Twitter introduced a few tweaks to replies Thursday that could help to make its service more conversational. Most importantly, user names in replies don’t count against a tweet’s 140-character limit anymore.
Instead, users now have all 140 characters for their reply, even if they are replying to a handful of users. “With all 140 characters for your replies, you have more room to participate in group conversations,” said Twitter Product Manager Sasank Reddy in a blog post.
In addition to the character-limit tweaks, Twitter also changed how replies look like in its apps and on its site. Instead of including usernames in a tweet itself, they’re now listed above the tweet. “When reading a conversation, you’ll actually see what people are saying, rather than seeing lots of @usernames at the start of a tweet,” said Reddy.
This is just Twitter’s latest attempt to make its 140-character limit less restrictive. In September of last year, the company started to exempt videos, images and polls from that character limit.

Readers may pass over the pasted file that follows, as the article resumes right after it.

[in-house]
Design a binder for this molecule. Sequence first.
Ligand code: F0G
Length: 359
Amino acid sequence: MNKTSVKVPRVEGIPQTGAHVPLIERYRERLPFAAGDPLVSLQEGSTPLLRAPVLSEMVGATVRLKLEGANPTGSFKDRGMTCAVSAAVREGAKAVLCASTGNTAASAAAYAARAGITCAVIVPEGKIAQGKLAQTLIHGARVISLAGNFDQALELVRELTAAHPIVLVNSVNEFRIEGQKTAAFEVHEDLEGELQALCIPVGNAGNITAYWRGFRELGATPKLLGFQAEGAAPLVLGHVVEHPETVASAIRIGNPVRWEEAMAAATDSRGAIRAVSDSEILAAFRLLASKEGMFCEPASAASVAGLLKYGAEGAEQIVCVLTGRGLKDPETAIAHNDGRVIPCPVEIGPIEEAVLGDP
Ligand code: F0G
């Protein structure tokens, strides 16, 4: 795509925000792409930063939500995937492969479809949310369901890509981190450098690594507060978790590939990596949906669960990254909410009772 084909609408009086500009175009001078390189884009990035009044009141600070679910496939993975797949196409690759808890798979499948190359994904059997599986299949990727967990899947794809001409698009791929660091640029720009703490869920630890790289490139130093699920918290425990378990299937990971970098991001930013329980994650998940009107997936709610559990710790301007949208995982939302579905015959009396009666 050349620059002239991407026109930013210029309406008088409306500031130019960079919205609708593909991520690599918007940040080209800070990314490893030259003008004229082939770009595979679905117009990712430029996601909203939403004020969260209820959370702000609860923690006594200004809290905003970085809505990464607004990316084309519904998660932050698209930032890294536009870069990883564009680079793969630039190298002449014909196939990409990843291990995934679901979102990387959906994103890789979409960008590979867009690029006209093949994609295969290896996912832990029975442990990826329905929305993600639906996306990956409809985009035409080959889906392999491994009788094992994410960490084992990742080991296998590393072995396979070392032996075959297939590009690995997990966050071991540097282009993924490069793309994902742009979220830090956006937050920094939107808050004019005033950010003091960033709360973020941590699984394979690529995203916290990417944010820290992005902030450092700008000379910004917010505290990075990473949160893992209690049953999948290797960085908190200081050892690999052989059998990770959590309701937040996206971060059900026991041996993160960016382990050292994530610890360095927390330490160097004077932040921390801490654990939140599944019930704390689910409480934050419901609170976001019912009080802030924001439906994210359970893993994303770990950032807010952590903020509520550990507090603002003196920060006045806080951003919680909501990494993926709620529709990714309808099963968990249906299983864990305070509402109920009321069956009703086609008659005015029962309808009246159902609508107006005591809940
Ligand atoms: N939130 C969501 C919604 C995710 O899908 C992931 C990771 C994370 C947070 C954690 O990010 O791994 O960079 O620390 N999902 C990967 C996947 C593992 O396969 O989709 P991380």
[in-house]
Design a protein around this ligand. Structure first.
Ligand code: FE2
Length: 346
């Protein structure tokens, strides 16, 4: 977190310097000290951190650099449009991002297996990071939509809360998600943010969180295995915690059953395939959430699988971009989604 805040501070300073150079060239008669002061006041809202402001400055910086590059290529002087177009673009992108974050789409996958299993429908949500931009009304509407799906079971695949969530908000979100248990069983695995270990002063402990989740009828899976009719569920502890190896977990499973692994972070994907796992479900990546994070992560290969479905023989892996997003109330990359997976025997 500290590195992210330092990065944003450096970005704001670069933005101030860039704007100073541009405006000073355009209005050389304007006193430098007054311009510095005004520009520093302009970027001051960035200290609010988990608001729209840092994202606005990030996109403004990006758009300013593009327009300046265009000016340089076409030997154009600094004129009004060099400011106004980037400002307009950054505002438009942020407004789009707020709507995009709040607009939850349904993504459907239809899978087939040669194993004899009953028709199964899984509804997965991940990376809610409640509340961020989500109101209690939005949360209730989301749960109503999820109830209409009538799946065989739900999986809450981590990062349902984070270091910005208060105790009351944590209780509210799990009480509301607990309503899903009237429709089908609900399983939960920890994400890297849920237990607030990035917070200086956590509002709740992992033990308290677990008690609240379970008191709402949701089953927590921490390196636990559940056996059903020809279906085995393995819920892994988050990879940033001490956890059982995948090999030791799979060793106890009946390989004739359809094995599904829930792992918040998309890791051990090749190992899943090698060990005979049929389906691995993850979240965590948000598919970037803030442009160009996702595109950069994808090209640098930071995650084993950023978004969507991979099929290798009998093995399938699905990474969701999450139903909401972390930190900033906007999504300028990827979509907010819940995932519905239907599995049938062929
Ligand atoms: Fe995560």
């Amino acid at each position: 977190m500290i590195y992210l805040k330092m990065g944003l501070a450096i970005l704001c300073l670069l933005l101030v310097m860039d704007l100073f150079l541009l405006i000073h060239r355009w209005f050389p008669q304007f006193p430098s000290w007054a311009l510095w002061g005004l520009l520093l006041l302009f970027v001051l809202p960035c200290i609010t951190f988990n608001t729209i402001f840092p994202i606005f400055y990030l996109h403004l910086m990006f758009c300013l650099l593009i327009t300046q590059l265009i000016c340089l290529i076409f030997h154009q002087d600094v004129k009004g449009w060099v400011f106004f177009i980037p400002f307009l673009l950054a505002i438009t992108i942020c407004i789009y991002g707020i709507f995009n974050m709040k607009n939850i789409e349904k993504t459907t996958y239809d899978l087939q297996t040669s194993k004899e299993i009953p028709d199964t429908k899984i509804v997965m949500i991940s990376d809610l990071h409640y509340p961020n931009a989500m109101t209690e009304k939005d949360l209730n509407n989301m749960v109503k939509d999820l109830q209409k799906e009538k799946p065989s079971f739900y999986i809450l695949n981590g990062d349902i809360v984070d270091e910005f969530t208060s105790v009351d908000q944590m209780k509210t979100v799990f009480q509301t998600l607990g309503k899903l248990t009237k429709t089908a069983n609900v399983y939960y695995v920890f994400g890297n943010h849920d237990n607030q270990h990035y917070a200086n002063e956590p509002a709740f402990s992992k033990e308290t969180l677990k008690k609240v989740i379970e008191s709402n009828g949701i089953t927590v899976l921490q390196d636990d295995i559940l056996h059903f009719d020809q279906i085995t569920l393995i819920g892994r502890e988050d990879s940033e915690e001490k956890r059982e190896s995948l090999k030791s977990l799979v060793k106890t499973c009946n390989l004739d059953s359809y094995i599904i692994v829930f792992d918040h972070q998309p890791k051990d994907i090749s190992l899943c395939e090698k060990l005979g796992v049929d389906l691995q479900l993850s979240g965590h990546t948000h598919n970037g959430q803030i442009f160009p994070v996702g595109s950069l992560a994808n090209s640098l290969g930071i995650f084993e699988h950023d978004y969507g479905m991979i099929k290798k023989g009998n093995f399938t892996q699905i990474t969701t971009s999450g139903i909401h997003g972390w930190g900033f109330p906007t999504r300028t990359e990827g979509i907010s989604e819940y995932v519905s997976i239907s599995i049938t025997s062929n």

Twitter originally launched with a 140-character limit to make it possible to send out tweets with a single text message. Nowadays, most Twitter users access the service via its mobile apps, making that limit more relevant.
But Twitter’s user base has grown very accustomed to the brevity of tweets, forcing the company to backpedal after reports surfaced a little over a year ago that Twitter executives were considering to ditch the limit altogether. Last March, Twitter CEO Jack Dorsey publicly promised that the 140-character limit would not go away.